Southwards along the coast

From Lisbon, I first crossed by ferry to Seixal, then crossed the peninsula south of Lisbon to its other end at Setúbal, from there again by ferry to the local Troy (Tróia) and over the 18 km long thin stripe of sand protruding into the see I got to a proper land.

From there I kept going south and where possible I kept close to the coast. In some places there was a difference of up to 10°C between the coast and a place just 2 km inland – and the coastal temperature was the more pleasant one. This whole part of Portugal had a rather peaceful rural feel, especially compared to the overcrowded Costa del Sol which I visited later in Spain. Here the Atlantic is cold (which was an advantage this time), the waves are strong (not suitable for swimming – unless there is a calm warm lagoon right on the rear side of the beach) and it’s far from Germany or France. And so the coast is rather silent, and even when there are some tourists, they are usually either locals or those with camper vans who braved farther than most. Thanks to this, even the local towns have often preserved their original character, with tiny white houses with blue and yellow-lined windows. In addition, the coast is one straight line all the way till the protruding town of Sines: so you can see yourself all the 100 km of sandy beach as straight as an arrow.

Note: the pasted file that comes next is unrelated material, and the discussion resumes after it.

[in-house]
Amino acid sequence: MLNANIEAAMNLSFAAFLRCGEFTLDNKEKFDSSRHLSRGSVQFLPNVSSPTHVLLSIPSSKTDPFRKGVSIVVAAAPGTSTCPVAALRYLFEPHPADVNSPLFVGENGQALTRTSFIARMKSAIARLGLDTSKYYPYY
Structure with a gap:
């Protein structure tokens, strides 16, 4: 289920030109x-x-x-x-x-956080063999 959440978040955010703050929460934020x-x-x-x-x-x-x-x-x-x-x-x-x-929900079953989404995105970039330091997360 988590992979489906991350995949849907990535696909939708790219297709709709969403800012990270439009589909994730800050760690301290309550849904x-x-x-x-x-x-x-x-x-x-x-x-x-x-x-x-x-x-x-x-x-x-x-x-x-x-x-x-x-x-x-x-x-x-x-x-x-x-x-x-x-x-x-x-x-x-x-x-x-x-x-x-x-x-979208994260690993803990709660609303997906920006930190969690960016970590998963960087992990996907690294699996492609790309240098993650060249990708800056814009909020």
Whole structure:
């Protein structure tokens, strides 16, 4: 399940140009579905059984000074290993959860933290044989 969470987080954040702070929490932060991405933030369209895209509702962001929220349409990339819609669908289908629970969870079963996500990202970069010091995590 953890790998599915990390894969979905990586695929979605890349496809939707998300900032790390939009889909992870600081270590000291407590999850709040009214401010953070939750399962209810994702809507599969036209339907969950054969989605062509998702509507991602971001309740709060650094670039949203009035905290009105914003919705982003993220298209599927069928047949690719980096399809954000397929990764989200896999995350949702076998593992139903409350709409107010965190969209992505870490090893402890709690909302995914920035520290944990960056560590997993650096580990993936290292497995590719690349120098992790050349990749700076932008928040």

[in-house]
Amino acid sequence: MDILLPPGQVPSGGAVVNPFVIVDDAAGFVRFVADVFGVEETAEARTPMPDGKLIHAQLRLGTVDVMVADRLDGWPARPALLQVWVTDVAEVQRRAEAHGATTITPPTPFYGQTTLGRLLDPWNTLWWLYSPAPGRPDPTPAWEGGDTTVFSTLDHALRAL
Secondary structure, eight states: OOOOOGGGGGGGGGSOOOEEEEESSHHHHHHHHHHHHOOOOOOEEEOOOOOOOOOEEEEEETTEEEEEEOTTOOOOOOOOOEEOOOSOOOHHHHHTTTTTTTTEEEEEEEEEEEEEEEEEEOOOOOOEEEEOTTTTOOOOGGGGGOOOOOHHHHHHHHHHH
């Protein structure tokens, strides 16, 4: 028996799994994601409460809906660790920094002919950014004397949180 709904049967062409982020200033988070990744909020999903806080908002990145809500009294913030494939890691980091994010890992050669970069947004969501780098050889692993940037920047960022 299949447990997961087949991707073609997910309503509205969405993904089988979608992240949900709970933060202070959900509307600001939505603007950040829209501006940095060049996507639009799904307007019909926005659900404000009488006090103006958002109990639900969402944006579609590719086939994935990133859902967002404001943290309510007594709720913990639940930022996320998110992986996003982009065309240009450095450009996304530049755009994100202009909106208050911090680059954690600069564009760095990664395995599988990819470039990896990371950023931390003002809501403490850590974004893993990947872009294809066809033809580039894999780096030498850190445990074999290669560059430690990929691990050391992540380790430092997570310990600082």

Eastwards along the coast

I left behind the small town of Aljezur sticked to a rocky ridge, I leapt over a hilly ridge across the southwestern tip of Portugal and got to its southern coast, first to Lagos. Here the mass tourism was already much more prominent (a highway leads to here), but compared to Spain it was still a moderate version. In contrast to the flat, sandy western coast, the coast here is often jagged, full of interesting cliffs and views.

And because based on the news at home was entire Portugal on fire, even if those news were mostly from the north I still wanted to be a proper investigative journalist myself and added my own picture of a burned down plot, still watched by local fire brigade.